A tale of two sketchbooks continued…..

An exhibition visit last weekend and a previous post about sketchbooks have prompted me to write this short extension to the A tale of two sketchbooks post of a couple of weeks ago.

Last weekend I visited the Mondrian exhibition at the Gemeentemuseum in The Hague.  In the museum, as well as this blockbuster show there was a smaller exhibition of work by the Haagse School, a group of Dutch artists working in the Dutch capital at the end of the 19th century.  There was a good collection of interesting paintings but actually what caught my attention most were two walls in the exhibition that had been given over solely to displaying the sketchbooks of some of the artists involved.

These small, and very intimate glances into the working process of the likes of Breitner and Israels were quite captivating.  It is the sort of exhibition display that I would like to bring my pupils at school to see.  Direct, small scale and personal, these are visual documents that somehow bridge the gap between the artist and the finished work.  You see a visual connection with the finished paintings, but also, a much more apparent and obvious presence of the artist themselves.  These are after all books that lived in their pockets or bags, objects that travelled around with them and were a sort of personal forum for the development of ideas.

Sketchbooks are important, we can learn much from them.  In many ways, it is a shame that they are so rarely of display in our museum.  There are places online where examples can be found and pages turned through, such as here.

sketchbook

There are also places such as The Sketchbook Project where the drawing books of lesser known artists and creative people are receiving an online place where others can turn through the digital pages.  I’ll certainly be drawing the attention of my pupils to this source of documentation of the creative process.

Mondrian and his edges

As someone who has always been interested in abstraction in the visual arts Piet Mondrian has continually lurked in the background and often enough forced his way forward into my own work. When I think back to my time as a student in London, he was one of the reasons that a few friends and I made a visit to the Netherlands. We visited the Gemeentemuseum in The Hague to see firsthand the works of this influential Dutch master. To be honest I can’t quite remember which works we saw, but it certainly wasn’t as many are as currently on view at the museum. To mark the centenary of the setting up of De Stijl the Gemeentemuseum has dipped deep into its collection and pulled out pretty much everything in order to mount a hugely extensive exhibition that gives a great deal of context and background to the work that brought him to the abstract images with which we tend to immediately settle on when thinking about Mondrian.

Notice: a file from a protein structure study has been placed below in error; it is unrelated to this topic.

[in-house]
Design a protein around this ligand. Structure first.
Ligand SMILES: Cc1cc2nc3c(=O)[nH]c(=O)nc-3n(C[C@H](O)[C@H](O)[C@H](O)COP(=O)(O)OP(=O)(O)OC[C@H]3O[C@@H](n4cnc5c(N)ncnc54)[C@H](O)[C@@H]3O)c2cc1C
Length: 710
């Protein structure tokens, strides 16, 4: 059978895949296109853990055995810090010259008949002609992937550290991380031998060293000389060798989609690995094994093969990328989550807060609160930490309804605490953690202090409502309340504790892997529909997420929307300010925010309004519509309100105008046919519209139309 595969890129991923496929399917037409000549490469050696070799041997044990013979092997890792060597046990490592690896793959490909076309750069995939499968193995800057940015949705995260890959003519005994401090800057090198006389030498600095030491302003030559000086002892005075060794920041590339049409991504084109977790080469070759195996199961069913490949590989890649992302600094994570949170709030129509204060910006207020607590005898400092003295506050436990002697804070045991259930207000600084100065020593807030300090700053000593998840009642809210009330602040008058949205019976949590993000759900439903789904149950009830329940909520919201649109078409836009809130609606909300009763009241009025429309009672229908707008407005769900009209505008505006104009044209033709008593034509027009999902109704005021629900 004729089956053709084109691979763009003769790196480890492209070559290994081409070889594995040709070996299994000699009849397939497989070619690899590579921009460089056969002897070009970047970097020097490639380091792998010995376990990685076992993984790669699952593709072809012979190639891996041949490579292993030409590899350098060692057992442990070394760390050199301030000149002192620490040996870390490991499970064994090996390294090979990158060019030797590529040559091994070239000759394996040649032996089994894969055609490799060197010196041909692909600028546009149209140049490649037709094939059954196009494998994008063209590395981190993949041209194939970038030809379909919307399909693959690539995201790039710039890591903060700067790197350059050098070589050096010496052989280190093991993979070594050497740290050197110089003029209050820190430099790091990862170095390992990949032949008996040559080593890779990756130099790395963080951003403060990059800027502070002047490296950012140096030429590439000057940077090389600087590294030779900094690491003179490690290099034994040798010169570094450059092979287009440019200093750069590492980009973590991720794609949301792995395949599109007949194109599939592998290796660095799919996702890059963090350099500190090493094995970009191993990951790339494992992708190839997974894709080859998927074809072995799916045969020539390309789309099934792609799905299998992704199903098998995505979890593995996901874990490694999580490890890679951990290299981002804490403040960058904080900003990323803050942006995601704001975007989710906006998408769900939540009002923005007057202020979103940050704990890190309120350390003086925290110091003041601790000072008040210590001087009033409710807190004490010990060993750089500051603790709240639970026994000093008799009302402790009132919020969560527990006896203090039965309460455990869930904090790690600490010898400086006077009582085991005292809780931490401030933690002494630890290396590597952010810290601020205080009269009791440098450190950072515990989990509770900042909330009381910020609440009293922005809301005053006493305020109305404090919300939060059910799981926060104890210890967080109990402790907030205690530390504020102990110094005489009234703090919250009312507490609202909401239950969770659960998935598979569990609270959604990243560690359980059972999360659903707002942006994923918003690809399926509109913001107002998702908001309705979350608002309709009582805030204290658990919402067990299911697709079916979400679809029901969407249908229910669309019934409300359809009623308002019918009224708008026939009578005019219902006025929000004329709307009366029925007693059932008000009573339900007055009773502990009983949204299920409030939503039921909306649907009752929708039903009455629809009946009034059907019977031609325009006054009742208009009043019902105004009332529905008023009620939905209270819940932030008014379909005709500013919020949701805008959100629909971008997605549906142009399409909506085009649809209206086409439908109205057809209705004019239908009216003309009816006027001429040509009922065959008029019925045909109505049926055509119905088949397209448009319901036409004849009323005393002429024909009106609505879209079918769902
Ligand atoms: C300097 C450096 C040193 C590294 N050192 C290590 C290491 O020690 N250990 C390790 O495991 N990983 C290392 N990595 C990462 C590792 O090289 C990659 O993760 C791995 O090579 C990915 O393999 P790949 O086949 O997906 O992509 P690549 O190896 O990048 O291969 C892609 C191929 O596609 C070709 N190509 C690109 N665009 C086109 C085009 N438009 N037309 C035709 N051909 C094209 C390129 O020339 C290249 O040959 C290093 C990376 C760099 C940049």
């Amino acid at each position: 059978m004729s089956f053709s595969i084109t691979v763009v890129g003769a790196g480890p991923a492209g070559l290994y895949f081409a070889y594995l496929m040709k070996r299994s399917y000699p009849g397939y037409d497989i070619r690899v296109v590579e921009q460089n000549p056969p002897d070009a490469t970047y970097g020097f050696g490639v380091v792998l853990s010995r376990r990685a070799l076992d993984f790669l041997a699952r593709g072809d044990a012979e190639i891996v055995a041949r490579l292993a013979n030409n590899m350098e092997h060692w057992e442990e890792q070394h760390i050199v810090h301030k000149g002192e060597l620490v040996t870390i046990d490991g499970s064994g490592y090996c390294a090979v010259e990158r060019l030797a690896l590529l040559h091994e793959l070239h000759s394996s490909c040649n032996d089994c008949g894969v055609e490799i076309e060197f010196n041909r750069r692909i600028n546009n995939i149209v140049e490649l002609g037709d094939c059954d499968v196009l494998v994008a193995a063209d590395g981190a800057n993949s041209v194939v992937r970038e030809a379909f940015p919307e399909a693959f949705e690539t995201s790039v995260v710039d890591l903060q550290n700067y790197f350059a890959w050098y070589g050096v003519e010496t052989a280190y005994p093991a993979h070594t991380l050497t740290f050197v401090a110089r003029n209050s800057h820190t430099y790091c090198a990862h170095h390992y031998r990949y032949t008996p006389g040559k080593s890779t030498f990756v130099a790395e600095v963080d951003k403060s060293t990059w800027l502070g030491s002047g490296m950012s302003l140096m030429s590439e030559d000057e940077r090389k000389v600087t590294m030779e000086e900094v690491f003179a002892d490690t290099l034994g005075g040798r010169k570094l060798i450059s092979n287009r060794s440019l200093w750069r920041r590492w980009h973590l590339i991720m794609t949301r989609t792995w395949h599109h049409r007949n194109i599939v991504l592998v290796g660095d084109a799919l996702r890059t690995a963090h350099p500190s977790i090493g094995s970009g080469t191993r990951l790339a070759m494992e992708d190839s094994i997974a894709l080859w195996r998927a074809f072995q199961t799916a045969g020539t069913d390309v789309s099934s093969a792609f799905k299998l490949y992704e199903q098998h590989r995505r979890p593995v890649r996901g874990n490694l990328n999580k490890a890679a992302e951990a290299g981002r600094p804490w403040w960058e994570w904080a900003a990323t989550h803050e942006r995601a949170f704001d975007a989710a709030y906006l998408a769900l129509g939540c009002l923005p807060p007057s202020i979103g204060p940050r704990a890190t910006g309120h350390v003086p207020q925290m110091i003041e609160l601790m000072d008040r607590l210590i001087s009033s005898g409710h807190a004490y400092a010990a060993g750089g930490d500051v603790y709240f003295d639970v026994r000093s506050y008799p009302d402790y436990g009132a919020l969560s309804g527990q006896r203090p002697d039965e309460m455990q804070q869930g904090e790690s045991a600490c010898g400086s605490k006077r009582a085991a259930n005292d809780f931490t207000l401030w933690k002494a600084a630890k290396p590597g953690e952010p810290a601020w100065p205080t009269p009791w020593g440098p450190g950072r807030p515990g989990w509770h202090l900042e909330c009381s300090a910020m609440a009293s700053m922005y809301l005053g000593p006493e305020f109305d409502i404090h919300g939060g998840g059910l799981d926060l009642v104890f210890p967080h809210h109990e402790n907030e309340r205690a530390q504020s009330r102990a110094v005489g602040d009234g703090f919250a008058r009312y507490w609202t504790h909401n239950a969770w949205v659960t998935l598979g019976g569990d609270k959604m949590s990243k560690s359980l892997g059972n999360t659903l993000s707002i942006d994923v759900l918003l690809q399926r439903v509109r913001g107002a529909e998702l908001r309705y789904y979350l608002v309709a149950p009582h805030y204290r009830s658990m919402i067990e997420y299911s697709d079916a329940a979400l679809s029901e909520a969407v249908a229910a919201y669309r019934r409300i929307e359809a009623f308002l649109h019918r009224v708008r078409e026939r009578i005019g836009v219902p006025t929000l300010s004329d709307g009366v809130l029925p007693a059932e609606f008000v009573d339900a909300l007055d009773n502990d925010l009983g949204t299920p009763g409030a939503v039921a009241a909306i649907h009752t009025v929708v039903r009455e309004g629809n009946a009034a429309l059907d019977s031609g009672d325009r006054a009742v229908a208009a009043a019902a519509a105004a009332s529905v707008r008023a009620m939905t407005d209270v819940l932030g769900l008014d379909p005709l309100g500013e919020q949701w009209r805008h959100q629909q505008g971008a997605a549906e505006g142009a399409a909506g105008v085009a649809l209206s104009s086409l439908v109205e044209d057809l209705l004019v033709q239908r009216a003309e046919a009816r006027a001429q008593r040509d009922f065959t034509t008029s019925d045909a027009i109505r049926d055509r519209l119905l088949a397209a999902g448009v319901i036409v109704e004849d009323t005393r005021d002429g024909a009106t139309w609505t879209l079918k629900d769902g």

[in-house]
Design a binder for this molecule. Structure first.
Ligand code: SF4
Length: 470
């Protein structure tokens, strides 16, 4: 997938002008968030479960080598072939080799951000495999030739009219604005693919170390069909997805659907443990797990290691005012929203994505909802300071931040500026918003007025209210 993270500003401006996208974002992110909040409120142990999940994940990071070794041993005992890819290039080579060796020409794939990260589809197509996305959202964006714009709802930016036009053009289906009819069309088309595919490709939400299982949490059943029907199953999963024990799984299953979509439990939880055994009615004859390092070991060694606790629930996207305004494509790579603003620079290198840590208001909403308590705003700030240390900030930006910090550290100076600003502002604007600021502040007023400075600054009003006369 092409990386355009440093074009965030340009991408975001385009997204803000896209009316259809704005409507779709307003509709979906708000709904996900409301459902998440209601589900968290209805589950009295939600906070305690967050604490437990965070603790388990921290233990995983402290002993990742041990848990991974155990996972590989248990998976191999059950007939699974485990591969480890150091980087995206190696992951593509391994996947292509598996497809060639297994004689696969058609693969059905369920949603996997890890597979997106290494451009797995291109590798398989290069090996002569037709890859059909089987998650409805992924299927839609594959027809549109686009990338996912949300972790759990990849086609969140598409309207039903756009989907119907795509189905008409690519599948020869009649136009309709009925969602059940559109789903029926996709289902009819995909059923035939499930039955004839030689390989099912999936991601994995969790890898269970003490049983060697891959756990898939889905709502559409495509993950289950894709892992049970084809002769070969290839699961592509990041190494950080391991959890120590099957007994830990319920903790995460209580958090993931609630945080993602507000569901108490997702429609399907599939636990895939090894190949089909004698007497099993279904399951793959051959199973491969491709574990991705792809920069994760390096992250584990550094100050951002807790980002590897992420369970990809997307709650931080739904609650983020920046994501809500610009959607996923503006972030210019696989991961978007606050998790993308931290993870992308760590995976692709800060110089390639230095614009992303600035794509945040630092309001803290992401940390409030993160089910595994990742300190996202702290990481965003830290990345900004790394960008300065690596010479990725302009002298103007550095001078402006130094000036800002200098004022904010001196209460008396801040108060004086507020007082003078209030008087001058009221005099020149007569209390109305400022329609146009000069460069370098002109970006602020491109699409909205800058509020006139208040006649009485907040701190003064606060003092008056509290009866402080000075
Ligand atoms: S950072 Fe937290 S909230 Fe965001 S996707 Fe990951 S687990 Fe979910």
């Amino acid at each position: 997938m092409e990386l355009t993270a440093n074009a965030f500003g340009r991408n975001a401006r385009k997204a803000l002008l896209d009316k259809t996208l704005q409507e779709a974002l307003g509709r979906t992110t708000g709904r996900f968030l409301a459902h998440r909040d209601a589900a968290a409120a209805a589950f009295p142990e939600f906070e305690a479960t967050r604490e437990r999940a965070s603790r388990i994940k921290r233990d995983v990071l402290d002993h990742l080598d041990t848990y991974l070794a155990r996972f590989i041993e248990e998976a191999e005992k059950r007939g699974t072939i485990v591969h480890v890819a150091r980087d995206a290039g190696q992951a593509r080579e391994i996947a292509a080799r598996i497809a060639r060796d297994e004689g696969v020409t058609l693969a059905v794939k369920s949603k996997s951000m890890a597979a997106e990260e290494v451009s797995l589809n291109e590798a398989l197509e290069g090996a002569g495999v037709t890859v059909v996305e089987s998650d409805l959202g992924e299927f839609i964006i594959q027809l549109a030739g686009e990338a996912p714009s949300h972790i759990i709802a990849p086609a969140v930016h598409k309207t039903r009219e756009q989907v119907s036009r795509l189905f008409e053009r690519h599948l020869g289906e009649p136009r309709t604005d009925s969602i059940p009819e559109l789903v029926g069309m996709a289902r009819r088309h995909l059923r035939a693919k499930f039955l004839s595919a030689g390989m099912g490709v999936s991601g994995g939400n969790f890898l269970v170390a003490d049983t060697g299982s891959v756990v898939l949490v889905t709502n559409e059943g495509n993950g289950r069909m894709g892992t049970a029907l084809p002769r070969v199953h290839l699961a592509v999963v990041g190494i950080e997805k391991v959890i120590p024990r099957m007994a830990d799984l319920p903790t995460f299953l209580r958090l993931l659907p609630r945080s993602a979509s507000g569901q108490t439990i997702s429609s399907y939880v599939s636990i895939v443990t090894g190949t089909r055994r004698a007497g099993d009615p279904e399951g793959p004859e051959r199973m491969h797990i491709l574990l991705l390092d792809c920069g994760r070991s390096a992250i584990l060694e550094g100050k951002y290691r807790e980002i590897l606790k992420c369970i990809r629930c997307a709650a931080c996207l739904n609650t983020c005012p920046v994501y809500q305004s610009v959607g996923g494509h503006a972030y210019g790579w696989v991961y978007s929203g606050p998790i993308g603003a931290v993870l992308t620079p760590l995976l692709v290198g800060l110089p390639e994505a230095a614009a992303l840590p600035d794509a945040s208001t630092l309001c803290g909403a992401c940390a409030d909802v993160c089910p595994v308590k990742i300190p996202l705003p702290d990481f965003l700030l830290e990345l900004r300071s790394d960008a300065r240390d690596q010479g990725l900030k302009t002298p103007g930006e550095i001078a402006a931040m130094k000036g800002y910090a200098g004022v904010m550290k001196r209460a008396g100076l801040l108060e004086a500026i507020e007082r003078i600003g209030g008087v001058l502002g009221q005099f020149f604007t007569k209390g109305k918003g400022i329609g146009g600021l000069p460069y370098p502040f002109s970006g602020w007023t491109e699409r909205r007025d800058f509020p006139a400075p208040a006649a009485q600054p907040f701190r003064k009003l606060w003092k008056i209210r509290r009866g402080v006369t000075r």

This framing of context of Mondrian’s work is further extended by the presence of a second exhibition, Rumoer in de Stad (Tumult in the city), in the museum that focuses on the Dutch artistic world from 1880 onwards, and in particular around The Hague itself.  It features work by the likes of George Hendrik Breitner, Isaac Israëls and Willem Witsen. It creates a clear image of daily and cultural life in Dutch society at the end of the nineteenth century. The paintings and drawings displayed ooze a spontaneity and a pleasure in the materials that the artists were using. It’s easy to allow yourself to imagine the world that these artists moved in and were recording in their work.

It is very much this sort of context that Mondrian was building on when he moved to the city to begin his artistic career. The Gemeentemuseum documents extensively this early work. There are walls literally covered in landscape paintings. To start with they are often painted in a quite restrained way. But sure enough, as you pass through subsequent galleries we see the familiar process of reduction, abstraction and heightening of colour start to take place leading us to rooms of archetypal ‘Mondrians’ from the collection and ultimately to the museums pride and joy, Victory Boogie Woogie.

Anything but graphic

The abstract paintings of the 1920s and 30s have understandably been responsible for securing the Dutch man’s place in art history. The countless reproductions and reusing of the black verticals and horizontals with zones of primary colour have become the something of a trademark. But they have also become way more graphic in our minds than they are. I’ve always been aware of the painterly qualities of Mondrian’s work, it strikes you immediately when you see the original work.

But when seeing such a quantity of paintings as are currently on display you become more aware than ever how important edges between areas of colour were to the artist. There’s nothing graphic or in any way hard.in the early work the edges are soft and defused.  As the world Mondrian chose to represent became more reduced the edges became areas of paint seeminly pushing together to create an edge with very much a manmade tension to it. Whilst drawing tends to focus on line, painting challenges to artist to deal with edges, edges where two colours come together, Mondrian understood edges and how often details occurring on a very small scale can carry important consequences.

6Throughout the whole exhibition you are constantly aware of the hand of the artist, decisions and refinements constantly being considered and worked.  An approach that is perhaps nowhere more evident than in the room with nothing on the pristine white walls, except that is, for the engaging presence that is Victory Boogie Woogie.